Ayotte: ‘We must act now’ on more Russian sanctions

Greg Nash

Sen. Kelly AyotteKelly AyotteThe Trail 2016: Just a little kick Abortion rights group ads tie vulnerable GOP senators to Trump Election-year politics: Senate Dems shun GOP vulnerables MORE (R-N.H.) said she is drafting legislation that would place U.S. sanctions on Russia’s banks and energy sector.

“The administration should not delay any longer in imposing immediate and severe sanctions on Russia's banking and financial sector,” Ayotte said Tuesday. “We must act now — before it's too late.”

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Shortly after Russia annexed Crimea, Congress passed legislation that sanctions Russian leaders involved in the invasion of part of Ukraine. The bill also provided a $1 billion loan to Ukraine to help maintain independence from Russia in the rest of the country. 

But many lawmakers are concerned Russian President Vladimir Putin isn’t satisfied with just part of Ukraine and that his aggression will continue unless more is done. Putin now has troops along the eastern border as well and Ukraine was forced to some military action this week to protect its sovereignty.

Ayotte could introduce her legislation when the Senate returns from a two-week recess at the end of the month.

“The legislation I'm crafting would impose immediate additional sanctions on the Russian economy, with even harsher sanctions — such as on Russia's energy sector — if Putin takes further aggressive actions against Ukraine,” Ayotte said. “My proposal would also authorize provisions to provide critical support to the Ukrainian military.”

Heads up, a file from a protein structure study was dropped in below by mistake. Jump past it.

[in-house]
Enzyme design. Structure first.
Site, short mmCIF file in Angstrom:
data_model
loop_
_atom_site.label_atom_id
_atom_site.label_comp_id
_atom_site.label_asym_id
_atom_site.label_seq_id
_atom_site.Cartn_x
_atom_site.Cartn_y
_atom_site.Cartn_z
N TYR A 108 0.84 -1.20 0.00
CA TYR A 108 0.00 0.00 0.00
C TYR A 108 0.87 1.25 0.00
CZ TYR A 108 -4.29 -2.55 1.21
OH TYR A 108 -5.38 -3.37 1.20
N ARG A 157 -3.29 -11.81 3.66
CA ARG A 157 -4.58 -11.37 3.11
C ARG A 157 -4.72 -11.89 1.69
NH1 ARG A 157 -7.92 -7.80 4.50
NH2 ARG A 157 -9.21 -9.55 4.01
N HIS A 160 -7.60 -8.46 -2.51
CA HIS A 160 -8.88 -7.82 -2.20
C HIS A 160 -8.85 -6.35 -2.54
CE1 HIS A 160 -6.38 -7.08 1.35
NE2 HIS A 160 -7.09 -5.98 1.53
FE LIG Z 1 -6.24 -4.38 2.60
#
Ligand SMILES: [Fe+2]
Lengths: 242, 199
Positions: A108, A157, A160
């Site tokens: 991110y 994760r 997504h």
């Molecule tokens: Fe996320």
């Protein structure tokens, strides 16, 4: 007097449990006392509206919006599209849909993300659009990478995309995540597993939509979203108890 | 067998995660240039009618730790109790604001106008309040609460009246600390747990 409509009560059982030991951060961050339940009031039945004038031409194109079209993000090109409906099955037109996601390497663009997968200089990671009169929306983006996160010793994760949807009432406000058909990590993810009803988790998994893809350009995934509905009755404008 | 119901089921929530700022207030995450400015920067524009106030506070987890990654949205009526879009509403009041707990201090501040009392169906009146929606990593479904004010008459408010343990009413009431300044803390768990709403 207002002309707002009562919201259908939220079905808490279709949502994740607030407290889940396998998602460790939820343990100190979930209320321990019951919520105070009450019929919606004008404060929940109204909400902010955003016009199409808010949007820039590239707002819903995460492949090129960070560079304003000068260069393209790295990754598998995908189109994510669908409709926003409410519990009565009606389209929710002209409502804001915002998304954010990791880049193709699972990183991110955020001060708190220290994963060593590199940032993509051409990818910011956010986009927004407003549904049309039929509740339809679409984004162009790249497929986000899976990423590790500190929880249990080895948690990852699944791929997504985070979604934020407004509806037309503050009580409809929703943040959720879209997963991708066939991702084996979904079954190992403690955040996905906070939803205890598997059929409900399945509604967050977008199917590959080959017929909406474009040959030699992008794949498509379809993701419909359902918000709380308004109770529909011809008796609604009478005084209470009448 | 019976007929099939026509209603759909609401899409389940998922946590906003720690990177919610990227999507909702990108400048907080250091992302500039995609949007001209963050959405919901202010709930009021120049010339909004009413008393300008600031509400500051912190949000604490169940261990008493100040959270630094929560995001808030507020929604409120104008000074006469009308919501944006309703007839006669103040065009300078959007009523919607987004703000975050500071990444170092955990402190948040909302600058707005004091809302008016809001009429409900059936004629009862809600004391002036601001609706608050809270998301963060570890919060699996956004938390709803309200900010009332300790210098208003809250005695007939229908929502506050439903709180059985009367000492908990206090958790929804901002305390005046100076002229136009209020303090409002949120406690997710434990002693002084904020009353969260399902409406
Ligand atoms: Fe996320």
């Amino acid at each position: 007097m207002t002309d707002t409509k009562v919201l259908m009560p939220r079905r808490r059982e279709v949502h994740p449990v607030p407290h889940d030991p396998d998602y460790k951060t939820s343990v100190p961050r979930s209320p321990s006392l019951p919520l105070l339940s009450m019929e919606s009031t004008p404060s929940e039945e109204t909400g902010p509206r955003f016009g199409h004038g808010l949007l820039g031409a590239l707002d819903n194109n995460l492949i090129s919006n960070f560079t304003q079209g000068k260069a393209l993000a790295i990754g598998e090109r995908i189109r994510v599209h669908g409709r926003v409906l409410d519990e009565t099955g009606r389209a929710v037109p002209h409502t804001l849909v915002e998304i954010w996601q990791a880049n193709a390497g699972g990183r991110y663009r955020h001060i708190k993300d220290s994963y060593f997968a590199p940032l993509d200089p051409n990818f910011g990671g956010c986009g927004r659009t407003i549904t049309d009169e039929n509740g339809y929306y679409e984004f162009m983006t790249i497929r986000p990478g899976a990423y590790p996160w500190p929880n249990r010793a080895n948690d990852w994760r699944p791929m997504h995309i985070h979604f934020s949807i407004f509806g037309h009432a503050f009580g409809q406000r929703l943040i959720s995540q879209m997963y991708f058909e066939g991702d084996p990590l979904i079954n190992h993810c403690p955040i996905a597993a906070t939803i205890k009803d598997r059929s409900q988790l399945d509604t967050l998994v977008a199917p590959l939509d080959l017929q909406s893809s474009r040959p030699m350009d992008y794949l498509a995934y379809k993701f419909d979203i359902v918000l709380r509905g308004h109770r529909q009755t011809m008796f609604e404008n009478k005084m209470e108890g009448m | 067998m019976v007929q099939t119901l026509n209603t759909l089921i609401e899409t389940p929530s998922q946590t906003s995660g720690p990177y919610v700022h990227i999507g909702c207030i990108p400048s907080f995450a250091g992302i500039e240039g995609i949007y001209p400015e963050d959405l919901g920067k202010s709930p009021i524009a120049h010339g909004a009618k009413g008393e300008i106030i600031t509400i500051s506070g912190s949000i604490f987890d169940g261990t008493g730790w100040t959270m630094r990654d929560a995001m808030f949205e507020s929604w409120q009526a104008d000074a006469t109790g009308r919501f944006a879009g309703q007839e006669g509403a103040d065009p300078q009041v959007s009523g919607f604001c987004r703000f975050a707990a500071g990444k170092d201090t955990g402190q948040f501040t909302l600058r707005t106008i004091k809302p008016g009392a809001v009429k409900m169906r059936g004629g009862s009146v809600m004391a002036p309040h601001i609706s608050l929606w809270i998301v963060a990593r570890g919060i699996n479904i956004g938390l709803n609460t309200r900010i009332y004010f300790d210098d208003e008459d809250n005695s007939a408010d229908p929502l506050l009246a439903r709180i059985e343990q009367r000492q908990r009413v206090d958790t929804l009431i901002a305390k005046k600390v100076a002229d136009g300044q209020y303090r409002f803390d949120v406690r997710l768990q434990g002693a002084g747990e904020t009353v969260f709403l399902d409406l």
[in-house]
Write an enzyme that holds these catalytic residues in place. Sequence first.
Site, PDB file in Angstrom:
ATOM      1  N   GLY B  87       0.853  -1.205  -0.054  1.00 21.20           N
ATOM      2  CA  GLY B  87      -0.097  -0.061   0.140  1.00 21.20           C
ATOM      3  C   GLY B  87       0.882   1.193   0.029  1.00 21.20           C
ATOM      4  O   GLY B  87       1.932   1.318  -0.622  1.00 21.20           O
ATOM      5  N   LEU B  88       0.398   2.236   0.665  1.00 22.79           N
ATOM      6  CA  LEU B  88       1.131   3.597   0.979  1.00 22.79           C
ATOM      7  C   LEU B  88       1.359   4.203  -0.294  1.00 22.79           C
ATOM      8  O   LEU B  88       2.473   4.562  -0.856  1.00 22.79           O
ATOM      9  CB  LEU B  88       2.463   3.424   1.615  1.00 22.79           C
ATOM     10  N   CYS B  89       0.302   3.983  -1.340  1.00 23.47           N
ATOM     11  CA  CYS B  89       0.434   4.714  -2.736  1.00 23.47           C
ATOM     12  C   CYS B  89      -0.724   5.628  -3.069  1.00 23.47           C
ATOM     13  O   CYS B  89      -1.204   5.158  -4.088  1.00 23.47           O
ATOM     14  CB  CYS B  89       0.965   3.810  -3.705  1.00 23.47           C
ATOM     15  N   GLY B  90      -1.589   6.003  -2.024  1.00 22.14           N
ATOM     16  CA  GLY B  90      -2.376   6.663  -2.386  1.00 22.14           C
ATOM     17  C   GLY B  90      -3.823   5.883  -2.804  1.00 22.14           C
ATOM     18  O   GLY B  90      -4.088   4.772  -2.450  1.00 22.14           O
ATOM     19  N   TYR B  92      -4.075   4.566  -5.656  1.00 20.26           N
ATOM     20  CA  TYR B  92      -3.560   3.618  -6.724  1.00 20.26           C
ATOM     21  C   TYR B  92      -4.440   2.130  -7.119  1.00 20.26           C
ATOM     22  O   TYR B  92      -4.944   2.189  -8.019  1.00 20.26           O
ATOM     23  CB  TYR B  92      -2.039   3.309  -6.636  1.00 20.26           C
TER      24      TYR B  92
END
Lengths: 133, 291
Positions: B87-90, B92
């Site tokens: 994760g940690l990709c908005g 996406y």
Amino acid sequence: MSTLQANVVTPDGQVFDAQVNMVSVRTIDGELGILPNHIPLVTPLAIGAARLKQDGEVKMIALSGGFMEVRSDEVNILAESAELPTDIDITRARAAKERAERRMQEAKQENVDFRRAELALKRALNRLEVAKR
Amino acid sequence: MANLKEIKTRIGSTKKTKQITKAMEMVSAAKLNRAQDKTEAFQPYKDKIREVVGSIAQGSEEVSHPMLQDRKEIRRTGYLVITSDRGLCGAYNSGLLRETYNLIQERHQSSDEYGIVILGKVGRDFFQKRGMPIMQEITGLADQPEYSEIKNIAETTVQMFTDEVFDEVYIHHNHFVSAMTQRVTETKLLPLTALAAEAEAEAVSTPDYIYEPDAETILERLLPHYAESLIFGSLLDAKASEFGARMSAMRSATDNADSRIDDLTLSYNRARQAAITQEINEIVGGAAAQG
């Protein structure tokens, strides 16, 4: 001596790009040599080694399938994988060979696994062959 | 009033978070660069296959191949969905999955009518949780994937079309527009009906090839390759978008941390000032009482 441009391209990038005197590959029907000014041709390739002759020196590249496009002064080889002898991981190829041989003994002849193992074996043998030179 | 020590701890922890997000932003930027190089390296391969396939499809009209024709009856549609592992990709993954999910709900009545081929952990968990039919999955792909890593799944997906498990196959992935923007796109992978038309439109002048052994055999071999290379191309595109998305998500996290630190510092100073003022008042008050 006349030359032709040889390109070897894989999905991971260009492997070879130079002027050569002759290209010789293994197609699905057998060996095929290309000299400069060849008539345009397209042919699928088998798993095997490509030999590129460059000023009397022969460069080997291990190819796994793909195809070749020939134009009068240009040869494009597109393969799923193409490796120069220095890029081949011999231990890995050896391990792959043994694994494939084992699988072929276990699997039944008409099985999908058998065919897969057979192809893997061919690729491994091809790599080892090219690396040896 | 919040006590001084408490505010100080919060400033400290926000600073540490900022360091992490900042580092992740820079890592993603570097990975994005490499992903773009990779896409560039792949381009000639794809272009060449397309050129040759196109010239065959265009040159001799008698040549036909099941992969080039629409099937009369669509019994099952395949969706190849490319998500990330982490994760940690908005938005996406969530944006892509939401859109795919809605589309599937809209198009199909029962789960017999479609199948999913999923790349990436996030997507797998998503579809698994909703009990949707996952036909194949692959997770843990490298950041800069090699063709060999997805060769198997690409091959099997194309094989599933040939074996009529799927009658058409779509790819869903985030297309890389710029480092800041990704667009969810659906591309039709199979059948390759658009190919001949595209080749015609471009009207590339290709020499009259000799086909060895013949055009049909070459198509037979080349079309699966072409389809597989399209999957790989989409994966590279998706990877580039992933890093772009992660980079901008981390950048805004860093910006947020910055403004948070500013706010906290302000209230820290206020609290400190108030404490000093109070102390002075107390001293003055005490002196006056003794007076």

Ayotte isn’t the only lawmaker calling for more action from the Obama administration.

Sen. Marco RubioMarco RubioOvernight Finance: Lawmakers float criminal charges for Wells Fargo chief | Scrutiny on Trump's Cuba dealings | Ryan warns of recession if no tax reform The Trail 2016: Just a little kick Opposition to Obama's radical disarmament agenda has proven effective MORE (R-Fla.), a possible 2016 GOP presidential nominee, said Tuesday that Obama should “immediately” increase sanctions on Russia.

“Sector-based sanctions should begin to be imposed and President Putin’s own financial assets, and those of his associates, targeted,” Rubio said. “By delaying the most significant penalties, the United States and our allies have unfortunately sent the message to Russia that there will be little cost to pay for this type of behavior.”